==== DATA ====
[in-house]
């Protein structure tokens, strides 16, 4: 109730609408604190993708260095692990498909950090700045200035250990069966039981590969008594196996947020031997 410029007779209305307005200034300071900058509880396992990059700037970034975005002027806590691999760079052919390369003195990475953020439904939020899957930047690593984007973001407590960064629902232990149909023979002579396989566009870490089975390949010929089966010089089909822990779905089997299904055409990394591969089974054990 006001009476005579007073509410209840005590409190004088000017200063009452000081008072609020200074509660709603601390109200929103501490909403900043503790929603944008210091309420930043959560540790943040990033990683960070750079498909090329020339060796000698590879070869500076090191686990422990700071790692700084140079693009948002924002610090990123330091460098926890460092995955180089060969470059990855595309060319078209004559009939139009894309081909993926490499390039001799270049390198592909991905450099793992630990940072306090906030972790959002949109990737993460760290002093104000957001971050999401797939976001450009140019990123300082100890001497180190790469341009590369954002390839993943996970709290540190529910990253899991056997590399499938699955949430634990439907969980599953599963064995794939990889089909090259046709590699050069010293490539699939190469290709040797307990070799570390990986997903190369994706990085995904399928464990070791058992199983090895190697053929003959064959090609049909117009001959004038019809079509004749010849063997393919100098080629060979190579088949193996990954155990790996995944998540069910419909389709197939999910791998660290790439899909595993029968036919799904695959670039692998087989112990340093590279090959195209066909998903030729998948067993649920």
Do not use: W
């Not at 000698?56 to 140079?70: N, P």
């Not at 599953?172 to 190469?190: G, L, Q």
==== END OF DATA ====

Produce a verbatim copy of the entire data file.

[in-house]
């Protein structure tokens, strides 16, 4: 109730609408604190993708260095692990498909950090700045200035250990069966039981590969008594196996947020031997 410029007779209305307005200034300071900058509880396992990059700037970034975005002027806590691999760079052919390369003195990475953020439904939020899957930047690593984007973001407590960064629902232990149909023979002579396989566009870490089975390949010929089966010089089909822990779905089997299904055409990394591969089974054990 006001009476005579007073509410209840005590409190004088000017200063009452000081008072609020200074509660709603601390109200929103501490909403900043503790929603944008210091309420930043959560540790943040990033990683960070750079498909090329020339060796000698590879070869500076090191686990422990700071790692700084140079693009948002924002610090990123330091460098926890460092995955180089060969470059990855595309060319078209004559009939139009894309081909993926490499390039001799270049390198592909991905450099793992630990940072306090906030972790959002949109990737993460760290002093104000957001971050999401797939976001450009140019990123300082100890001497180190790469341009590369954002390839993943996970709290540190529910990253899991056997590399499938699955949430634990439907969980599953599963064995794939990889089909090259046709590699050069010293490539699939190469290709040797307990070799570390990986997903190369994706990085995904399928464990070791058992199983090895190697053929003959064959090609049909117009001959004038019809079509004749010849063997393919100098080629060979190579088949193996990954155990790996995944998540069910419909389709197939999910791998660290790439899909595993029968036919799904695959670039692998087989112990340093590279090959195209066909998903030729998948067993649920």
Do not use: W
């Not at 000698?56 to 140079?70: N, P």
């Not at 599953?172 to 190469?190: G, L, Q």